Iowa GOP Chair A.J. Spiker facing calls to resign

Republican Party of Iowa Chair A.J. Spiker is facing a new challenge to his leadership, thanks to his disastrous handling of the 2014 GOP state convention scheduling. The first prominent Iowa Republican to call for Spiker’s resignation was David Kochel, a former senior adviser to Mitt Romney. But Kochel’s often out of sync with Iowa GOP leaders these days, as a public supporter of marriage equality.

During the past week, two members of the GOP’s State Central Committee have said it’s time for Spiker to go. Jamie Johnson and David Chung spoke out on Simon Conway’s WHO talk radio show on September 13. Chung fleshed out his argument at his Hawkeye GOP blog a few days later. I’ve posted excerpts from that piece after the jump. Chung makes clear that he doesn’t have the votes on the central committee to oust Spiker, nor does he expect Spiker to resign before his term is up. But he makes a compelling case, placing the “convention debacle” in the context of a “general leadership style that is absolutely tone-deaf to any input from outside [Spiker’s] inner circle.”

Remember, the Iowa GOP was named one of the country’s seven “most dysfunctional state parties” before the State Central Committee meeting where a motion to set the state convention for July 2014 passed with little discussion.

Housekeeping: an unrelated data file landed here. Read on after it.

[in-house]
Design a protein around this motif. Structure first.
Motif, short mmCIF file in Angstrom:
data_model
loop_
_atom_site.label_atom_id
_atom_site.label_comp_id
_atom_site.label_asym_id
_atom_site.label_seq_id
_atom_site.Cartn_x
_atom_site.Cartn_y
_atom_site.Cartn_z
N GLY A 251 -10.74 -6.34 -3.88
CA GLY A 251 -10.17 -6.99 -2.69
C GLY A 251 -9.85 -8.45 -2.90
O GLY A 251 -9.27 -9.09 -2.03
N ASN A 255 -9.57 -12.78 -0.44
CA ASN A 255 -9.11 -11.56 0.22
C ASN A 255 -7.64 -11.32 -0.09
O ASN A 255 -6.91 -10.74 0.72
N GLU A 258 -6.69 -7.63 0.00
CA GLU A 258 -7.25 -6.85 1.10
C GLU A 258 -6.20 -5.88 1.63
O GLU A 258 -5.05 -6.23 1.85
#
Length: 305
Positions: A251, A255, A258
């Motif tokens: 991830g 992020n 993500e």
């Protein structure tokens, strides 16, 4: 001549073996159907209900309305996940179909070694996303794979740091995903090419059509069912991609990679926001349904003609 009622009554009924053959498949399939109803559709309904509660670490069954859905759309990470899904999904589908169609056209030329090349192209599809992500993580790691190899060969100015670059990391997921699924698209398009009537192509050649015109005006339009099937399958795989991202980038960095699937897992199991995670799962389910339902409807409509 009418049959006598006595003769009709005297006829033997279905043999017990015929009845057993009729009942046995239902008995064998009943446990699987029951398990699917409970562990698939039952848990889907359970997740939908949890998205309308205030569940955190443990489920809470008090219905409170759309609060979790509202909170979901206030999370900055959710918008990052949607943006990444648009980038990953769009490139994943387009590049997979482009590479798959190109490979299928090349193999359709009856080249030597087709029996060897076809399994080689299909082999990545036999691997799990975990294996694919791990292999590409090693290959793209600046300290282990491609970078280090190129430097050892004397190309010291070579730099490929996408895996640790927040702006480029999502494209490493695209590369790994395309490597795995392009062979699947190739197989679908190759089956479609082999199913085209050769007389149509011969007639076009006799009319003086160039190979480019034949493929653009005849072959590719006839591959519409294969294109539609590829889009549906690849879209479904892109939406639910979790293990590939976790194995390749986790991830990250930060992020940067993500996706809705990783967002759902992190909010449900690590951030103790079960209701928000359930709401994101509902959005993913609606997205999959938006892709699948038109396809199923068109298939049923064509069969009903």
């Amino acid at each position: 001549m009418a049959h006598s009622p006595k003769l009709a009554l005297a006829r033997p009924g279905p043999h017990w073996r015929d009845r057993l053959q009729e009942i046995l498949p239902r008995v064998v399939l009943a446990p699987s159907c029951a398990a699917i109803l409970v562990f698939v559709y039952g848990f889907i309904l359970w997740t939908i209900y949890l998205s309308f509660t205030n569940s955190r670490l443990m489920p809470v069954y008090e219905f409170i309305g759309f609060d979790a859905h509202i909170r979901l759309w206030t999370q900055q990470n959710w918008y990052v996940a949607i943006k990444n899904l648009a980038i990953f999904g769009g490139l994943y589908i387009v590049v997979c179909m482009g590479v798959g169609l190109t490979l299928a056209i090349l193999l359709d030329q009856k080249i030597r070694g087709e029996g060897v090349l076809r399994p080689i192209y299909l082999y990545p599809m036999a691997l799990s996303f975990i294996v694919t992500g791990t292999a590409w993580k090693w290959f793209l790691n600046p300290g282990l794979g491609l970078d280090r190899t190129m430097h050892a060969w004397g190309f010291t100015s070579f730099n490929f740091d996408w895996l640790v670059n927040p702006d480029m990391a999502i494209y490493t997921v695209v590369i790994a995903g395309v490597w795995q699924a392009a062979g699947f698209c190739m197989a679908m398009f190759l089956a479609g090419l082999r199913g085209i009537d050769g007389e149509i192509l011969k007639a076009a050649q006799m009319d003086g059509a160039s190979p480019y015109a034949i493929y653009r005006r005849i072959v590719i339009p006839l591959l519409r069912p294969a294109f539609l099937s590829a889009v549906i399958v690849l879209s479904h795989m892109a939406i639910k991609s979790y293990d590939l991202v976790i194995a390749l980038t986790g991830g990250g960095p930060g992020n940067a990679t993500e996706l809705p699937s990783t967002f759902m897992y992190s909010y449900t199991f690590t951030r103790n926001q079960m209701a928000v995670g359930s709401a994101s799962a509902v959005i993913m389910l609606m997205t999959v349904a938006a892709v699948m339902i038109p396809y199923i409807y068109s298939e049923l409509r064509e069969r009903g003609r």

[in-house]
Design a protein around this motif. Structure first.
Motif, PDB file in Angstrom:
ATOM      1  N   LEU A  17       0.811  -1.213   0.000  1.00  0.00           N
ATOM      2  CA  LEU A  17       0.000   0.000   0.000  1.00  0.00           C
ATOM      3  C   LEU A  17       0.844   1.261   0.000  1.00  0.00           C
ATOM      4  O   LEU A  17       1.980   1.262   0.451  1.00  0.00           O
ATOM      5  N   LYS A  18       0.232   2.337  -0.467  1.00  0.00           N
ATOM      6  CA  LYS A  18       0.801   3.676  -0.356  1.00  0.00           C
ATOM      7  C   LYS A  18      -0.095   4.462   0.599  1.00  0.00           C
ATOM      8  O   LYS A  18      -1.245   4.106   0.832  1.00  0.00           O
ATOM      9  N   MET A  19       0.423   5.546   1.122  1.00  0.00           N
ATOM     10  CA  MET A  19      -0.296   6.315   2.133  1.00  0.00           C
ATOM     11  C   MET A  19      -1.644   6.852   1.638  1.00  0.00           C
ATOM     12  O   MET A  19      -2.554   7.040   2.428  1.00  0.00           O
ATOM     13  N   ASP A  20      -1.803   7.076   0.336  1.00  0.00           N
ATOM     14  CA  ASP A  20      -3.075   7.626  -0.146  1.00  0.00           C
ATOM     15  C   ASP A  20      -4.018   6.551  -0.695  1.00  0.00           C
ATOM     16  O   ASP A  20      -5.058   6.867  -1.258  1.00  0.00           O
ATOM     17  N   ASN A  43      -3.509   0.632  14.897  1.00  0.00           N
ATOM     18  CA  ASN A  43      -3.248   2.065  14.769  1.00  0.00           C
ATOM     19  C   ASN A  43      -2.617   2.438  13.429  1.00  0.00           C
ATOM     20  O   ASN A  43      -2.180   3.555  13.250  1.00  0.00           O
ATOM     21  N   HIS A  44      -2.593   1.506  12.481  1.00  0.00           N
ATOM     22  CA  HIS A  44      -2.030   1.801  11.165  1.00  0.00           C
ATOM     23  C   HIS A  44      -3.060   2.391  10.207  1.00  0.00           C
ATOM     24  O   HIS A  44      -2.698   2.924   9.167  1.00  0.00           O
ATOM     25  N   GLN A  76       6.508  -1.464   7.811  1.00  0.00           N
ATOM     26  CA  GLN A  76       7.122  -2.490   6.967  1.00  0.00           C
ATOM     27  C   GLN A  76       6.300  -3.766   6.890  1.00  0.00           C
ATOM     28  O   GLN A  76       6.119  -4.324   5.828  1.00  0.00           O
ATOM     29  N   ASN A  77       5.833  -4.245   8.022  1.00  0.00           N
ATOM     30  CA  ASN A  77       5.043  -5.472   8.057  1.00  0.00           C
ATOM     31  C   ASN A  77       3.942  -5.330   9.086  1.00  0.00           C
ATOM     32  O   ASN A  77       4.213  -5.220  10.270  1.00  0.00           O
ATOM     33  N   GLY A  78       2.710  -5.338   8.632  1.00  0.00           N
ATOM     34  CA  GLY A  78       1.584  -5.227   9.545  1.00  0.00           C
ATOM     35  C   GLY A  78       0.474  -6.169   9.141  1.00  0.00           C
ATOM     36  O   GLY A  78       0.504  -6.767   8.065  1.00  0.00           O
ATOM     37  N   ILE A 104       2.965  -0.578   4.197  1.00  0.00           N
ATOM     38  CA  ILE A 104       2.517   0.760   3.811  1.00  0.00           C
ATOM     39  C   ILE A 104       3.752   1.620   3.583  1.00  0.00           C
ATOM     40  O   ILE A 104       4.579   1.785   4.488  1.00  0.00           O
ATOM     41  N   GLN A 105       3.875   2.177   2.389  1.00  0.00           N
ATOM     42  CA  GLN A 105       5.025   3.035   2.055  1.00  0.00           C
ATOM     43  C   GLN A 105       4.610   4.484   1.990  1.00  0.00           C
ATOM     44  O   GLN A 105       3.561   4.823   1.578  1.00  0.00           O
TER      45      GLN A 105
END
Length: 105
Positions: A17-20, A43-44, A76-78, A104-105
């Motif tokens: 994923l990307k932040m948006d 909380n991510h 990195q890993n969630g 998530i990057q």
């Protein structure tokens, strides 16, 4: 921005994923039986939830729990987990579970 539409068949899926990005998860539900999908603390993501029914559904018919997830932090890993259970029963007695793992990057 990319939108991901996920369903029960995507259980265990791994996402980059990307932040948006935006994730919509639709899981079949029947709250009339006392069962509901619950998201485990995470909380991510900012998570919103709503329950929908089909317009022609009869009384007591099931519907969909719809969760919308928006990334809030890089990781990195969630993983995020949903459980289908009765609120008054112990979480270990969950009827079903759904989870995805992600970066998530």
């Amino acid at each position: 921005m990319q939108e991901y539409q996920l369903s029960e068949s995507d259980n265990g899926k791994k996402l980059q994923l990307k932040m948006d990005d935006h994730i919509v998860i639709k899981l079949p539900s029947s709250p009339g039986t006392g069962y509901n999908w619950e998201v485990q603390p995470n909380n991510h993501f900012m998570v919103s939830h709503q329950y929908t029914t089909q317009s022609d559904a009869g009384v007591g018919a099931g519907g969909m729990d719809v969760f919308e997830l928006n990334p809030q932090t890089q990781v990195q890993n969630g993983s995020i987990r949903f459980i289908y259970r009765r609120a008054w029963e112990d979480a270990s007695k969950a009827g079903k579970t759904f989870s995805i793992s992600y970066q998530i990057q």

From David Chung’s September 16 blog post, “I JOIN A BATTLE I FULLY EXPECT TO LOSE IN A WAR I CAN NO LONGER IGNORE.”

I can no longer sit by and ignore the damage being done to this party.

The Republican Party of Iowa is experiencing a crisis – a crisis of confidence. […]

My call for AJ’s resignation or removal is not based on the moving of the convention date. Rather it is a general leadership style that is absolutely tone-deaf to any input from outside his inner circle. The convention date is just the latest in a string of such incidents.

Ultimately, we are going into 2014 with the rare opportunity to pick up a US Senate seat and the level of distrust between the leadership of RPI and the grassroots has never been higher. The convention date is just another example of AJ squandering an opportunity to at least consult with the governor, our senate candidates, or the newly formed District Executive Committees and get buy-in or form a consensus. Instead, by making the decision and doubling down in response to criticism, he has managed to further weaken our party and thus our candidates. AJ is not the only one to blame here but the stakes are too high to continue down this path. He needs to go. […]

We have an historic opportunity to pick up a US Senate seat, we have an open US House seat and we need to win back a majority in the Iowa Senate. During these crucial times, instead of leading the party forward and preparing us for victory in 2014 – we find ourselves more divided than at any time in my memory. […]

To be fair, the ills of the party, are not all AJ’s fault. But, as Chairman of the Republican Party of Iowa, he has not been part of the solution – he is a part of the problem.

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